Recent and classic research on the culture of hazing.
Despite numerous highly publicized incidents and widespread calls for reform, hazing continues to plague many of the nation's institutions. In this volume, noted hazing researcher Hank Nuwer presents 15 classic or never-before-published essays that can help all of us, parent and professional alike, better understand the culture of hazing. The collection, which includes contributions from such experts as Elizabeth Allan, Michael Gordon, Walter Kimbrough, Stephen Sweet, and Lionel Tiger, looks at hazing behavior in fraternal organizations (including sororities and traditionally black fraternities), high school, the military, and sports. There are also chapters on hazing and the law, hazing injuries, and hazing and gender. Lastly, the book lays out steps for transforming a culture of hazing and offers suggestions for further reading.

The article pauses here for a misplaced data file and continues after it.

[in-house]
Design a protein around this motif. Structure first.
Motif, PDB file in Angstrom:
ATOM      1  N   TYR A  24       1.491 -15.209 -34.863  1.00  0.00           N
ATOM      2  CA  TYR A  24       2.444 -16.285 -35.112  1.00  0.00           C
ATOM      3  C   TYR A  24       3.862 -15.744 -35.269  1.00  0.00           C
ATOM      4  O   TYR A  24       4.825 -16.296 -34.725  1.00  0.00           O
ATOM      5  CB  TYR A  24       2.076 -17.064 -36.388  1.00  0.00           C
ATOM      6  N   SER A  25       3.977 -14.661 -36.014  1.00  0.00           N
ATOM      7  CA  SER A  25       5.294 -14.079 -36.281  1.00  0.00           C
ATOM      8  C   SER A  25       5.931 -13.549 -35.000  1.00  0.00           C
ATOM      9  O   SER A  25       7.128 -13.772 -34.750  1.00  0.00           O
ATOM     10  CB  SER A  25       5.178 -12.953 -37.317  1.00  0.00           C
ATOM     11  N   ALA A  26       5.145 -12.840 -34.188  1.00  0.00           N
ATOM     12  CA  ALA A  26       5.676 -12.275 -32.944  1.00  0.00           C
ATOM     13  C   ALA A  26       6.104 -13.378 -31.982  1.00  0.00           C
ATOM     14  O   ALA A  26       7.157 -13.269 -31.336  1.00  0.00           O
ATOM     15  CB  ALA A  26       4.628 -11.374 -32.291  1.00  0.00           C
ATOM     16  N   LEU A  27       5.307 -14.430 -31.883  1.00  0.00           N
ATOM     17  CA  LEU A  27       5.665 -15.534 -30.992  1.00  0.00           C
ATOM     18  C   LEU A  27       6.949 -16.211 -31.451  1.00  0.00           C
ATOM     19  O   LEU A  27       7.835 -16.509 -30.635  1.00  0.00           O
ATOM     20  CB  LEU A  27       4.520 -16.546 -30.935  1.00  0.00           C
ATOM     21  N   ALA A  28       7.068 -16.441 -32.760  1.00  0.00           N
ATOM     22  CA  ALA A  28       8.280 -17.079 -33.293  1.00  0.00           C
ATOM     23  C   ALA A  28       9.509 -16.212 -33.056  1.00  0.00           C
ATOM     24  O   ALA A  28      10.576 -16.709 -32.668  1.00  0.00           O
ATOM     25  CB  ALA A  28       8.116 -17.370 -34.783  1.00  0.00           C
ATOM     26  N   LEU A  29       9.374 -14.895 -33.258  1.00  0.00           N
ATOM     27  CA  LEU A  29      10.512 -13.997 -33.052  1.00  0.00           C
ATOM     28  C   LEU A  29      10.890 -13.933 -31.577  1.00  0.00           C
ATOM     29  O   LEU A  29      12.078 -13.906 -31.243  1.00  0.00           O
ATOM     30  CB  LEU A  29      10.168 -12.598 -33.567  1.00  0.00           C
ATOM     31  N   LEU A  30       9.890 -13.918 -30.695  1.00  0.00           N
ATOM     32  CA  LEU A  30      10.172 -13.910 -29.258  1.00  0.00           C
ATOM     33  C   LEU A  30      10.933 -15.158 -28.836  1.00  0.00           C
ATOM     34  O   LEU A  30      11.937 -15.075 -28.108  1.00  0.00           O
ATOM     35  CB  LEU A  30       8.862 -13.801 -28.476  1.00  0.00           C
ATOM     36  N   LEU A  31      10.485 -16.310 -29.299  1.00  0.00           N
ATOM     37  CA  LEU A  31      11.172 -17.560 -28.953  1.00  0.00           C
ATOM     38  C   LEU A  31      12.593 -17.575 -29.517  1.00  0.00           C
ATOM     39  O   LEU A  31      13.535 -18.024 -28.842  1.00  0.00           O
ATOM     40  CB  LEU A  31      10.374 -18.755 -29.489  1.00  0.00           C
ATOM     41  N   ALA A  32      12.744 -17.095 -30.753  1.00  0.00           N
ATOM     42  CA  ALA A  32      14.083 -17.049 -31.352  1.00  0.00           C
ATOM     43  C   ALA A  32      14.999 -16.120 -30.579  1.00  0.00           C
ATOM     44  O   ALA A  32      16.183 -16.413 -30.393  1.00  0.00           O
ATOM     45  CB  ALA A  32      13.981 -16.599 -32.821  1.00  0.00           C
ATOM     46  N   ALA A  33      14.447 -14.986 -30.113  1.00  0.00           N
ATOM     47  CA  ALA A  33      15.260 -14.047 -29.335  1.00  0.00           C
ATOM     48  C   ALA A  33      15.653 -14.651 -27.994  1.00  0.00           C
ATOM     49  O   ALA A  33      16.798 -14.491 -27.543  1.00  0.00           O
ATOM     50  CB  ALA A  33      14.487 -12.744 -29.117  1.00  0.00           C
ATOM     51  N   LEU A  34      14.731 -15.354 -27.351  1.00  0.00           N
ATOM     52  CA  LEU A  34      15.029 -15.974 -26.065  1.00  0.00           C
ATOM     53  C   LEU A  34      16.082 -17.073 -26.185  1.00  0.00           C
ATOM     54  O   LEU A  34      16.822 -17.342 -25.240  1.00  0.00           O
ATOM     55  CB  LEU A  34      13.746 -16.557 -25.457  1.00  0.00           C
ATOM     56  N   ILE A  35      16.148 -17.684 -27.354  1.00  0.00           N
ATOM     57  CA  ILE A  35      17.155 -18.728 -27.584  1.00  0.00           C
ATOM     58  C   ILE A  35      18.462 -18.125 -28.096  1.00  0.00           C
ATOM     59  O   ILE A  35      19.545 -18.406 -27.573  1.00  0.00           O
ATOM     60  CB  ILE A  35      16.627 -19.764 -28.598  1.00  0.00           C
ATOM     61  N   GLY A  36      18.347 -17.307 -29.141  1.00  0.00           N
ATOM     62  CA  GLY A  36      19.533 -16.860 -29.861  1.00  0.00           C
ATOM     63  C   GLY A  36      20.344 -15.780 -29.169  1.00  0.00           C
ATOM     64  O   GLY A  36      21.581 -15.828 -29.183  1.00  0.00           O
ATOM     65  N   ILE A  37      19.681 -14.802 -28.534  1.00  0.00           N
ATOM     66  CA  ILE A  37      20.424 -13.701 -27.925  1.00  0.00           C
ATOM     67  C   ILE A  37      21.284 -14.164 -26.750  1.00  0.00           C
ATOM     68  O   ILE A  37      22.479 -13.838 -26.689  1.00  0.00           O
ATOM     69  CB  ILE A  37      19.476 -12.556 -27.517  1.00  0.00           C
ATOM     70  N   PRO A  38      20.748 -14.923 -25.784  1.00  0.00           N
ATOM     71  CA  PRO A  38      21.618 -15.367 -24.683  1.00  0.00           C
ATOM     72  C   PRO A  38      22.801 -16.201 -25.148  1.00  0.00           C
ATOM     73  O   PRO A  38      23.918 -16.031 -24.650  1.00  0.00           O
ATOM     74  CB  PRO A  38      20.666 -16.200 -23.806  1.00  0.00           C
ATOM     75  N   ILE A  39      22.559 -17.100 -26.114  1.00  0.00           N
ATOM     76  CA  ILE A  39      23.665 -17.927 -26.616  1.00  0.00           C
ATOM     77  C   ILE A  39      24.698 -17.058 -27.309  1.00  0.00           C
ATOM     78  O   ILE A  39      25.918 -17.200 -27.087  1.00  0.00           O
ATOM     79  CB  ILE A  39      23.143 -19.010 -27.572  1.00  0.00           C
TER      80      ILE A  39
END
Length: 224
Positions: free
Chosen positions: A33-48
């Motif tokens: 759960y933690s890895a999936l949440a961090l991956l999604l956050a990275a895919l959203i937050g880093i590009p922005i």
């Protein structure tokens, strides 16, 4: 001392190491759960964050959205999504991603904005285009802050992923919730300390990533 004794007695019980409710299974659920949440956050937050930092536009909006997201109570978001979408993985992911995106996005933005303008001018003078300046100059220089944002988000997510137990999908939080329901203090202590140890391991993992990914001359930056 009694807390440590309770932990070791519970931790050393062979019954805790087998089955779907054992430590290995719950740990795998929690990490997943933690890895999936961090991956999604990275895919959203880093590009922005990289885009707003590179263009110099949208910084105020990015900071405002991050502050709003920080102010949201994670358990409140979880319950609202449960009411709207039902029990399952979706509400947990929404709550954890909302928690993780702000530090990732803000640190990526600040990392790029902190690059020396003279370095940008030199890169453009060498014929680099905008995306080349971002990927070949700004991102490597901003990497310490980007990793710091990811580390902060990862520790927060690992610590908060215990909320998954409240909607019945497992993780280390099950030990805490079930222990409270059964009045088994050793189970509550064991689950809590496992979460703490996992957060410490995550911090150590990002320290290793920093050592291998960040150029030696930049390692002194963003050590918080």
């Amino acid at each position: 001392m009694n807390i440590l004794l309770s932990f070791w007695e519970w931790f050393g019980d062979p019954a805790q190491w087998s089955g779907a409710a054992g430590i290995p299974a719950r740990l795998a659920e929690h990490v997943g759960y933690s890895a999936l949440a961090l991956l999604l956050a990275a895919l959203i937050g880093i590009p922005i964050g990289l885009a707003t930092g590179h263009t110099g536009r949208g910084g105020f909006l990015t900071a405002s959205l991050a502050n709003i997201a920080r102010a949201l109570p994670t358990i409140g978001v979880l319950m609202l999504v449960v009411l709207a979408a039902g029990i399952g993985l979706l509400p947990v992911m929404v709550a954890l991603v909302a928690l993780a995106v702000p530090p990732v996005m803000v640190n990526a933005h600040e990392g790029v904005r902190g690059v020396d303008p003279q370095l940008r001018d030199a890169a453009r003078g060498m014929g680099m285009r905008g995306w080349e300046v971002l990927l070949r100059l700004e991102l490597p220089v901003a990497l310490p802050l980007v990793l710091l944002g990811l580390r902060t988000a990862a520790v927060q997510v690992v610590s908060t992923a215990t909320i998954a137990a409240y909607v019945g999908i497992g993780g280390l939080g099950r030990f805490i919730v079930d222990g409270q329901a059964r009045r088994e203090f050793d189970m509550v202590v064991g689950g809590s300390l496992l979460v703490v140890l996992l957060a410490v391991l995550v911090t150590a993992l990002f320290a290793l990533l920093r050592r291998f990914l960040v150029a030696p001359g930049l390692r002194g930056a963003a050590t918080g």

When I belonged to a fraternity in college and was hazed and hazed others, I hated the term “frat rat.”
Now, I try to exterminate frat rats.
It’s my job.
First, an explanation why that pejorative term “Frat rat” applies well here to hazers. I do not apply the term to those who do not haze or are part of the growing Greek anti-hazing movement.
A “rat” in farming communities is a laborer hired to nibble patiently at an old barn’s beams and supports with a small tool until the whole structure collapse--just before he gets out.
Thus, “frat rat” describes all Greek members who abuse, degrade, and humiliate pledges—then graduate. Metaphorically, these few chew away at the foundations of Greek houses and threaten to bring the system crashing down on the heads of all. They leave, but their hazing practices stay.